1. Finding the value of the company (i.e. a selling price)
As a rule, there is a so-called emotional multiplier behind the seller's pricing. However, the buyer wants to see a significantly smaller number on the price tag. This does not mean that the best and fair price is the average of these extremes. If there is no difference of magnitude, agreement is always achievable.
There are many different methods for estimating the value of a company , ie setting the selling price. For example, it is very easy to take a company's profit for the last year and multiply it by four. However, no company operates in a vacuum, and there are many factors that affect the company's operations, including the market and economic situation, the company's field, legislation, demand, existing customers, competitors and much more. The complexity of finding the value of a company arises from all these aspects.
Before taking any steps towards selling a business, it would be wise to first consult with experts and have them evaluate the value of your business. Valuation is not just about finding out a potential sales number, it is also about what the value of a business consists of and what increases or decreases it. As a result, owners may, for example, give up selling a business or discover that the business is more valuable than they thought.
2. DiscretionUnwanted side effects can occur when starting to sell a company incompetently. One of the stumbling blocks is the spread of information that the owner is planning to sell. However, this may not have a positive effect on sales for the following reasons:
- If you first bet on only one buyer who still withdraws from the deal, subsequent buyers may take advantage of this information. In particular, it means a significantly lower price that they are willing to pay. This situation usually arises in a narrow area or when the number of potential buyers is very limited for various reasons.
- Company employees may become anxious and leave work due to uncertainty about the future. It is known that this is already a problem today, even if there are no plans to sell the company.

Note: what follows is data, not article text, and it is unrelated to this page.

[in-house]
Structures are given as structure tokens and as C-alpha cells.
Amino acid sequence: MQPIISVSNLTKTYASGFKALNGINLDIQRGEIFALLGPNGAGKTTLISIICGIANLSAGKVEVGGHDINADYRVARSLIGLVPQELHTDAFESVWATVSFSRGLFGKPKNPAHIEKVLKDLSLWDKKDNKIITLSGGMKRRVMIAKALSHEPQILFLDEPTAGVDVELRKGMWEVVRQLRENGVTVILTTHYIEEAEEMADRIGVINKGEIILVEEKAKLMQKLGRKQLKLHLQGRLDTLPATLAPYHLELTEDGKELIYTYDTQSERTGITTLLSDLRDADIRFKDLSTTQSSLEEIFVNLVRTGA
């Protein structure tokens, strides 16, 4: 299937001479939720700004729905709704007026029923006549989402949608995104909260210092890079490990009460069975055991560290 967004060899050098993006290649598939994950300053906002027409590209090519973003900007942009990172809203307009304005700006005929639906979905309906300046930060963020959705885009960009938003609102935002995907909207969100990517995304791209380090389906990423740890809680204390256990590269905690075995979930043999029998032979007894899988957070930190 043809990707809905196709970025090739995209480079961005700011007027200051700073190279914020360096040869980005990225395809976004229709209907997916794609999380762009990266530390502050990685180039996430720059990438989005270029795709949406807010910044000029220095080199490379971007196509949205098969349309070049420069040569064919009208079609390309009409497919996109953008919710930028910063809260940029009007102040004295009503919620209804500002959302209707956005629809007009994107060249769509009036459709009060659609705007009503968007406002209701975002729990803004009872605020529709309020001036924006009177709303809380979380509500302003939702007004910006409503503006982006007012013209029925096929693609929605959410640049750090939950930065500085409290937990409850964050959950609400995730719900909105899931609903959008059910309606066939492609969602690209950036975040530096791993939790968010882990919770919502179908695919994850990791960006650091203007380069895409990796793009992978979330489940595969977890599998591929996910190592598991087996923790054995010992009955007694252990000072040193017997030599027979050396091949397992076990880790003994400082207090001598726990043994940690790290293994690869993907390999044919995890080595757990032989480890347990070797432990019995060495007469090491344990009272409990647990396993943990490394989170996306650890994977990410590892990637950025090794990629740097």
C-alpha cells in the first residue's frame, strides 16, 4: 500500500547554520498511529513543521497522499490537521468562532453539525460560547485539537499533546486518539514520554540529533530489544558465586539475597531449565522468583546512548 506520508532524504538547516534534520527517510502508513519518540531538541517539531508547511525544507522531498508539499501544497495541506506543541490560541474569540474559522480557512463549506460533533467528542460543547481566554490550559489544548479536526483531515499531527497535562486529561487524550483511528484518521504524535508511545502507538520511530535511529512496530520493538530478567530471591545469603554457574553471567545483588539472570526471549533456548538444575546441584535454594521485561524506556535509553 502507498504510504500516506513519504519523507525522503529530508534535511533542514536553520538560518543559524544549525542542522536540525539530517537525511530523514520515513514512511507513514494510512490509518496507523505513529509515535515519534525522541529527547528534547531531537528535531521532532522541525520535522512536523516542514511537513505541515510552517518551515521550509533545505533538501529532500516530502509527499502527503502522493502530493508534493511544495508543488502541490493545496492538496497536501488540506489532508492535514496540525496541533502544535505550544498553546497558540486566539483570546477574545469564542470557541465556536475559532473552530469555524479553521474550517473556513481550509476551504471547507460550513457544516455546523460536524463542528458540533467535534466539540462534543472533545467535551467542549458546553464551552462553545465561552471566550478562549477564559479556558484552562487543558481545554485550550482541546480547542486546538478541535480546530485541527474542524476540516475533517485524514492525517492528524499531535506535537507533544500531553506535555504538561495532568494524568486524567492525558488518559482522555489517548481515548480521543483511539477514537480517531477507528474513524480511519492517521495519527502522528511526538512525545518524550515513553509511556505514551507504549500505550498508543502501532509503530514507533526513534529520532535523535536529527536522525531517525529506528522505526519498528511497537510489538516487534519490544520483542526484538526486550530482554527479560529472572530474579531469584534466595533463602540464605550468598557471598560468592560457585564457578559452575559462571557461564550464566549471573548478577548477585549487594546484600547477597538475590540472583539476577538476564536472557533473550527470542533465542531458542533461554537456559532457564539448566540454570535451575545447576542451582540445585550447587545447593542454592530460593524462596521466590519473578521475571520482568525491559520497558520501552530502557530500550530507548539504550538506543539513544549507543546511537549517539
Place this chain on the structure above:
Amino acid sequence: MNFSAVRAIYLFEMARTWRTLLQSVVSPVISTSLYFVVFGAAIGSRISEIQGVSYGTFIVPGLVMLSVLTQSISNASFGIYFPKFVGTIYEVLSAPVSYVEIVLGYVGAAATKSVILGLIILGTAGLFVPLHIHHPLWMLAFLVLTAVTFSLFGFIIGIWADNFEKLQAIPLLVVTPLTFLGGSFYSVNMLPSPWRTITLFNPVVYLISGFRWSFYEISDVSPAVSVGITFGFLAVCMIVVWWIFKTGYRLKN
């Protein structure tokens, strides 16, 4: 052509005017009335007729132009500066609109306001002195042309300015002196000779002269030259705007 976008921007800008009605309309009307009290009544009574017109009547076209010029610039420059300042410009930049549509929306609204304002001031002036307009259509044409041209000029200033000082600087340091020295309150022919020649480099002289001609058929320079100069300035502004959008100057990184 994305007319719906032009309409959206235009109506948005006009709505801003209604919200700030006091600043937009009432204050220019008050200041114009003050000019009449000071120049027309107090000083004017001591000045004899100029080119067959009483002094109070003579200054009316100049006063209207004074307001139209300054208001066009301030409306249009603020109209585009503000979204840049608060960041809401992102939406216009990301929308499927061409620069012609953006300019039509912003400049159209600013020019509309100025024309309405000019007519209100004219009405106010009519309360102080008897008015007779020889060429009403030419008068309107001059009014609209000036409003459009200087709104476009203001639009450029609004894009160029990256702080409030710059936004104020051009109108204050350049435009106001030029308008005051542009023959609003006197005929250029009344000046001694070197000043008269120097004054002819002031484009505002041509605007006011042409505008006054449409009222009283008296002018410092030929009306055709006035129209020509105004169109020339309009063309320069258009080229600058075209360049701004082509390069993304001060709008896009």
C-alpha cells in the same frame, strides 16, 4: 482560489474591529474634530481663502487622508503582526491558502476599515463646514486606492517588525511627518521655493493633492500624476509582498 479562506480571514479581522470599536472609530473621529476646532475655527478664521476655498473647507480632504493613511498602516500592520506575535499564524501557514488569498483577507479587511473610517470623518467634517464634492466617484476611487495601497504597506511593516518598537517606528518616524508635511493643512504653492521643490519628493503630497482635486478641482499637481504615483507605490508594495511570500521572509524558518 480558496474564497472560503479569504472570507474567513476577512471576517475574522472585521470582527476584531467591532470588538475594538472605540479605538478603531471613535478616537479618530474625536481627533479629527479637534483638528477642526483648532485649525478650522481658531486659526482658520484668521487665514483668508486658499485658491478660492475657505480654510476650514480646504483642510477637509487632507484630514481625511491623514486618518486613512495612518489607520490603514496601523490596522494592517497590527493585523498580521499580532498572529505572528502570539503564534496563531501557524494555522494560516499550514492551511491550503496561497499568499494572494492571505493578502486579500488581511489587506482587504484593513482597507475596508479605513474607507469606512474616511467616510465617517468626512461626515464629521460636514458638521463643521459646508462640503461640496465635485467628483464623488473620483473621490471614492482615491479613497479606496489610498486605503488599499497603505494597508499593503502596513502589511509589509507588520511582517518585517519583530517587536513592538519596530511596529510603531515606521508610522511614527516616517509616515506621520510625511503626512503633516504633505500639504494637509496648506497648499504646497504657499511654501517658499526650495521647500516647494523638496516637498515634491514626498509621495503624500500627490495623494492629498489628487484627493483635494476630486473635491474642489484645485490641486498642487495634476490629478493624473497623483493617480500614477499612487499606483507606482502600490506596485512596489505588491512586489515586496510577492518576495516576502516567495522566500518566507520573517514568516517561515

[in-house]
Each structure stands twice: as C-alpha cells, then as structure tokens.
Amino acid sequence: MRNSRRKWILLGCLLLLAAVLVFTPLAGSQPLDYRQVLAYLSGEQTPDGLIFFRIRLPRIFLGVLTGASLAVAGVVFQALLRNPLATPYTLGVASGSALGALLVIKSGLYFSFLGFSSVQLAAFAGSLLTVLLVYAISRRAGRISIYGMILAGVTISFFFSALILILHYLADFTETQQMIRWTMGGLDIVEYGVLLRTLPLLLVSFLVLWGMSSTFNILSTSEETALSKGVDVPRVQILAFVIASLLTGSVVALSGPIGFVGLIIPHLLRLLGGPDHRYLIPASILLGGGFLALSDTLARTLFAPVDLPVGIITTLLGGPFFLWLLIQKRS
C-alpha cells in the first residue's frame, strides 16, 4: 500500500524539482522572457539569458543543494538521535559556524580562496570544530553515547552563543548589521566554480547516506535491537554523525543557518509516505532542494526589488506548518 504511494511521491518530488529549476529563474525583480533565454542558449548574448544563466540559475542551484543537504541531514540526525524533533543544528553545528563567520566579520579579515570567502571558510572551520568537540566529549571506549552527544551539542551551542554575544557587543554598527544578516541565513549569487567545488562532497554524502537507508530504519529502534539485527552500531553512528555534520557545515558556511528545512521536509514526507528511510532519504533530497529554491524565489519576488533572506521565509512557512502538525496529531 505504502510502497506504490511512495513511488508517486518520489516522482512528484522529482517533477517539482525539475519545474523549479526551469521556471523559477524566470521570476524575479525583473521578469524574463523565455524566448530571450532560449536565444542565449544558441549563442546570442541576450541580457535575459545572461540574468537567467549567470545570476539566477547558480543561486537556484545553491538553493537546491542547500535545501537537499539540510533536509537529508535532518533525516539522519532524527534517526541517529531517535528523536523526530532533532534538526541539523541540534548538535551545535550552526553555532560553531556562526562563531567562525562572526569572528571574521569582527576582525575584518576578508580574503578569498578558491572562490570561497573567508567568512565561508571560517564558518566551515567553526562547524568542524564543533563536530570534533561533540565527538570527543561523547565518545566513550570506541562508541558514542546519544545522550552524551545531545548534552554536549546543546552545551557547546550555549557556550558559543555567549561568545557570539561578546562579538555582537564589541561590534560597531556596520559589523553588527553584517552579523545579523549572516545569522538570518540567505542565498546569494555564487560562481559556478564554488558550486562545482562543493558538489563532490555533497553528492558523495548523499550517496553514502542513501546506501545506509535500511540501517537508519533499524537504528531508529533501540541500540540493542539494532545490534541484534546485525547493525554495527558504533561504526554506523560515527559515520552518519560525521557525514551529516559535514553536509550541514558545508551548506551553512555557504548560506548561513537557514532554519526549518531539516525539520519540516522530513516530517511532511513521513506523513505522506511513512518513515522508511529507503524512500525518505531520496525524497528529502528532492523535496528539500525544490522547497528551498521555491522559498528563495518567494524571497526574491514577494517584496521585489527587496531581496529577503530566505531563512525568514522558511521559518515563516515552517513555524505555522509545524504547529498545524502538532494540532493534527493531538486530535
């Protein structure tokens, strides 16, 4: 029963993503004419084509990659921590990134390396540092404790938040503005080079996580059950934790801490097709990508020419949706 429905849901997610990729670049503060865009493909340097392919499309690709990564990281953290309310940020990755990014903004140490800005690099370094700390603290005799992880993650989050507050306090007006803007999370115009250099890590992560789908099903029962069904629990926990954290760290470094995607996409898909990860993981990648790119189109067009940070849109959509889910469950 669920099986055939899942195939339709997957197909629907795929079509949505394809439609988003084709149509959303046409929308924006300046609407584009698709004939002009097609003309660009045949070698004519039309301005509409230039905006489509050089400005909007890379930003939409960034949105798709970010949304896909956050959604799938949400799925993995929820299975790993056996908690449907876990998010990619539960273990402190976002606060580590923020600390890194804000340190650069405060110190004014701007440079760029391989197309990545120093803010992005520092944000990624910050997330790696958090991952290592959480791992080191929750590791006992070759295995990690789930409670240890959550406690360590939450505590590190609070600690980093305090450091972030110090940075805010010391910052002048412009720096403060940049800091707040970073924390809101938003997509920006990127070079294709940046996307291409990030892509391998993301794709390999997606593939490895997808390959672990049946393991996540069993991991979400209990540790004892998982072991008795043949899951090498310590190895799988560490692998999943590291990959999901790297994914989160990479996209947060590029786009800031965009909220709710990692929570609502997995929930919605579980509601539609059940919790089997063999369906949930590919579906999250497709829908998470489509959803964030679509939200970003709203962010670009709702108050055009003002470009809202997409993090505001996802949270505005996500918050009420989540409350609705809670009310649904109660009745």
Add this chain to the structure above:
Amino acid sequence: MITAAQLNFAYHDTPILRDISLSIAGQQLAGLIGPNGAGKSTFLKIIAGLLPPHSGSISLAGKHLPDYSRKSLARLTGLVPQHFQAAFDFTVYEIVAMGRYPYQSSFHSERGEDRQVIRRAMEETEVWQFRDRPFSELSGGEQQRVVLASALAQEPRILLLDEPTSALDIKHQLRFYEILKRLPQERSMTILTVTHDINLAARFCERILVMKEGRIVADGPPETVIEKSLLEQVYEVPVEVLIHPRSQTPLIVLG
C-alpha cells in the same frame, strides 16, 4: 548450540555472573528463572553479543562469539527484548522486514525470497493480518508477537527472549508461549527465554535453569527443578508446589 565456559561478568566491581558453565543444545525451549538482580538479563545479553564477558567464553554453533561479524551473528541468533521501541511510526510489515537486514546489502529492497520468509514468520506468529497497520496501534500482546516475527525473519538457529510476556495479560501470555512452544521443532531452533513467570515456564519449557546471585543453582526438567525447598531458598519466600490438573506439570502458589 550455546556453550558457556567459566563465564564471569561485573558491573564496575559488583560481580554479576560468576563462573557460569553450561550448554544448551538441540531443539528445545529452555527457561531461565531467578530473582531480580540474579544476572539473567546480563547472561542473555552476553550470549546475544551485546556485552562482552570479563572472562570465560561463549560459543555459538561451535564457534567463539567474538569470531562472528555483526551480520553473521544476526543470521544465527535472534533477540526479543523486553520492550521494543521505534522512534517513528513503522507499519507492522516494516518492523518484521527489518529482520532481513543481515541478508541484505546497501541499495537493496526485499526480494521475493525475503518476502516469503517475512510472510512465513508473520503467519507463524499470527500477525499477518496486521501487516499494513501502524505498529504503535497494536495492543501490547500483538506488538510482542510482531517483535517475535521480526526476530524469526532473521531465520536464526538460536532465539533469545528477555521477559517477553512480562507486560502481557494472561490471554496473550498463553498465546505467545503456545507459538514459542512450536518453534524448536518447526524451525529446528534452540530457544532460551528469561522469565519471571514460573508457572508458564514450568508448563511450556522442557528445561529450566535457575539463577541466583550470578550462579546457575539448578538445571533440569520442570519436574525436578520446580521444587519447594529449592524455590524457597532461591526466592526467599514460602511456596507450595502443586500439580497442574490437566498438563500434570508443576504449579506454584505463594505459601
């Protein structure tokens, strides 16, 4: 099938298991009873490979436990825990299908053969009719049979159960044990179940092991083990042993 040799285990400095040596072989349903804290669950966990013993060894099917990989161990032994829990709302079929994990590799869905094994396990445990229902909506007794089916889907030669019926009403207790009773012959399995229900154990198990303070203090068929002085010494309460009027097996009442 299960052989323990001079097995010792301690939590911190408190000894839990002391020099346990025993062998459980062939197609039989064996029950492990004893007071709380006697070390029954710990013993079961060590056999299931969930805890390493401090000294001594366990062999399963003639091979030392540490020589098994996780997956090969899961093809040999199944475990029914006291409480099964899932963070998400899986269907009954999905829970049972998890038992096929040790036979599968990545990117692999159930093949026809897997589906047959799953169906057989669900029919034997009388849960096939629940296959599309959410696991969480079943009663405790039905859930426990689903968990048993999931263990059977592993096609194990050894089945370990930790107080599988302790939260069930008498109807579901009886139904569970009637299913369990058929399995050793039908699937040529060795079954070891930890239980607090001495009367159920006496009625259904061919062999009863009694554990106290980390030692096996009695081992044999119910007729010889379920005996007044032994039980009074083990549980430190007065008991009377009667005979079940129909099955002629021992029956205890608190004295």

- Competitors always try to turn such information to their advantage by spreading the the news to their customers. It will probably not benefit the business or its sale. The situation may become even sadder if competitors also start attracting employees of the company to be sold.
- Customers and suppliers value the stability of their partners. If the information about the sale of the company reaches them through third parties, it can, in extreme cases, lead to the termination of the partnership.
3. Finding a buyer
The sale of a company cannot take place without a buyer, and finding one can be one of the most demanding steps in the whole process. Complexity is often caused by a seller trying to find a buyer in an inaccurately defined segment. The seller can also assume that the greatest value of his company is the ultra-modern assembly line. In practice, it may be more effective to focus on existing customer contracts instead.
An important moment in finding a buyer is also the presentation of the company for sale. This requires a professional compilation of the company's presentation, which contains all the important information of interest to the potential buyer. With the help of a consultant or advisor, the presentation can be delivered to potential buyers without disclosing the name of the company. More details can be revealed once a specific interest has arisen.
As mentioned, these are just some of the important things to look out for when selling a business. However, selling a business can be convenient and stress-free if you are well prepared and aware of the potential spoils.